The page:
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Jury's in: opioids are not better than other medicines for chronic pain

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A few years ago, Renea Molden’s doctors told her they wanted to take her off her opioid pills. It did not sound like good idea to her.

“I was mad, I’ll be honest. I was mad. I was frustrated,” said Molden, 40, of Kansas City, Mo. She struggles with fibromyalgia, bulging discs and degenerative disc disease. Her doctors were concerned about her potentially taking hydrocodone for the rest of her life, but to her, the three pills she took each day seemed to be the only way she could make it through work, go shopping or even fix dinner.

“It felt like they were taking a part of my life away from me,” she said.

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For many people with chronic pain, opioids can seem like the difference between a full life or one lived in agony. Over the past few decades, they have become go-to drugs for acute pain, but Dr. Erin Krebs, with the Minneapolis Veterans Affairs Health Care System and the University of Minnesota, said research about the effectiveness of opioids for chronic pain was lacking. Even though millions of people take the drugs for long periods of time, there is little evidence to support that use.

“The studies that we had out there were short-term studies and mostly compared opioids to placebo medications,” Krebs said. “From those studies, we knew that opioids can improve pain a little bit more than a placebo, or sugar pill, in the short term, but that’s all we knew.”

But that’s changing. Krebs is the lead author of a new study that looks at the effectiveness of opioids for treating chronic pain over 12 months published Tuesday in the Journal of the American Medical Association.

“It felt like they were taking a part of my life away from me.”

“It felt like they were taking a part of my life away from me.”

The study involved 240 veterans with chronic back pain or osteoarthritis of the knee or hip who had pain that was ongoing and intense. Half were treated with opioids and half with non-opioid medications — either common over-the-counter drugs like acetaminophen or naproxen, or prescription drugs like topical lidocaine or meloxicam. Doctors and patients knew what group they were in, said Krebs, and that was deliberate because people’s expectations can influence how they feel.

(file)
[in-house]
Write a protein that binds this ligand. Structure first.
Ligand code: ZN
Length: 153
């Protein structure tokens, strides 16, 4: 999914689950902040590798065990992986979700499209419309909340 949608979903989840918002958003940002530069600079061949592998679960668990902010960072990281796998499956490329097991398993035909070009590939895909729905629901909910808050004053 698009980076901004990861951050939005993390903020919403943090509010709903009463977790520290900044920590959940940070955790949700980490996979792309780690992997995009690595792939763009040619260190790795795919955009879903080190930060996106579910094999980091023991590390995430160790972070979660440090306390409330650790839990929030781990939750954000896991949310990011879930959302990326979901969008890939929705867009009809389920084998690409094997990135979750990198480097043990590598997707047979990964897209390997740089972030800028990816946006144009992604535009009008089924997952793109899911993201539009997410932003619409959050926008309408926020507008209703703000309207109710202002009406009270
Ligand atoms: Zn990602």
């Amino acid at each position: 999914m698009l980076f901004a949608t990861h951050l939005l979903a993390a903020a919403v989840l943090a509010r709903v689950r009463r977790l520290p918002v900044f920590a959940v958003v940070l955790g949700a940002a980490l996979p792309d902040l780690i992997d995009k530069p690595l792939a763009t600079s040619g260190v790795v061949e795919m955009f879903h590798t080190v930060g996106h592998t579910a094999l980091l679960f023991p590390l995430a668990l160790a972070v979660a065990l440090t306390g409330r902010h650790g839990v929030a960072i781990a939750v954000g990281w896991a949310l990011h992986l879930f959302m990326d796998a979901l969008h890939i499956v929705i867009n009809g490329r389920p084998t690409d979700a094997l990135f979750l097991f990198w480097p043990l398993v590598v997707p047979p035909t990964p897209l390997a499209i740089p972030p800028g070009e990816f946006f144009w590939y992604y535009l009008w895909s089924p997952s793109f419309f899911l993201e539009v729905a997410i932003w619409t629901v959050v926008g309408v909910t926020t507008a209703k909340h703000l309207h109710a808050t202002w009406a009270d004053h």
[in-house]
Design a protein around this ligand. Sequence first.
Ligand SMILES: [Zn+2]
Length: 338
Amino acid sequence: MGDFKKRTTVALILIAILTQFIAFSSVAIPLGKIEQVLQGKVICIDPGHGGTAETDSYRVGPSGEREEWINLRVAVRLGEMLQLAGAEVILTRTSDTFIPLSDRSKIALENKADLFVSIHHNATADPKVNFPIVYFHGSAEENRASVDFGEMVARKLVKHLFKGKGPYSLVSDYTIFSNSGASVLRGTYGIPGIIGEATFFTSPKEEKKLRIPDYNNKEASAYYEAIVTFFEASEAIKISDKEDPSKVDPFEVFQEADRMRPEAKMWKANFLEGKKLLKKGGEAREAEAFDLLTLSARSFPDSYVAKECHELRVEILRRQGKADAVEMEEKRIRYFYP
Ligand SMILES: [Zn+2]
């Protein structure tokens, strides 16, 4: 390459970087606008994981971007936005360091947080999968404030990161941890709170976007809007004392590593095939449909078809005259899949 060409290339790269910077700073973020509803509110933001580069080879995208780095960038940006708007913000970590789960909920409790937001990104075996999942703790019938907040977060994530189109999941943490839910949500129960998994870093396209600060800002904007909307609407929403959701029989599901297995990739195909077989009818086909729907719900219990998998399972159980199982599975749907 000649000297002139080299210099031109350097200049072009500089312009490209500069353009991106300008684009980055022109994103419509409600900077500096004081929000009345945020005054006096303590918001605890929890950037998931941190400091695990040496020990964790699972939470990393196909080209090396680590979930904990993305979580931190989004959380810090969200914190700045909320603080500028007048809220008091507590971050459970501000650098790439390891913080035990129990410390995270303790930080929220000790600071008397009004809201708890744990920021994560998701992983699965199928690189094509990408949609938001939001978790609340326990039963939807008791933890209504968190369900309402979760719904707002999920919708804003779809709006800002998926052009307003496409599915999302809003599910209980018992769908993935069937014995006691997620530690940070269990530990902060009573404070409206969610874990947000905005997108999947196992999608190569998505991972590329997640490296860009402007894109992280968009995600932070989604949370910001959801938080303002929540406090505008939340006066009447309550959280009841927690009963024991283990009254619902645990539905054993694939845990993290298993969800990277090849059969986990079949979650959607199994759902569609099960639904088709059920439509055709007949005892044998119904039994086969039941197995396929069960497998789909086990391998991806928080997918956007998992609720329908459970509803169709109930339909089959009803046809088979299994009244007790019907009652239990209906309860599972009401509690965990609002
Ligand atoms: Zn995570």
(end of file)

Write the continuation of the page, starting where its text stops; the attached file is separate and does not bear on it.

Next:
“We found at the beginning of the study that patients who were enrolled really thought that opioids were far more effective than non-opioid medications,” she said.

But after as little as six months, the non-opioid group reported their pain was slightly less severe than the opioid group’s collective assessment. By the end of the year, Krebs said, “there was really no difference between the groups in terms of pain interference with activities. And over time, the non-opioid group had less pain intensity, and the opioid group had more side effects,” such as constipation, fatigue and nausea.

The study didn’t explore why, but Krebs has a theory: opioid tolerance.

“Within a few weeks or months of taking an opioid on a daily basis, your body gets used to that level of opioid, and you need more and more to get the same level of effect,” she said.

Opioids, of course, also carry the risk of dependence, addiction and overdose. Coming off of opioids gives patients who have developed a dependence flu-like symptoms that can last for days or weeks.

“This study adds the long-term evidence that shows that opioids really don’t have any advantages in terms of pain relief that might outweigh the known harms that they cause,” she said. “The bottom line for people who have chronic back pain or arthritis pain is just that you shouldn’t start opioids.”

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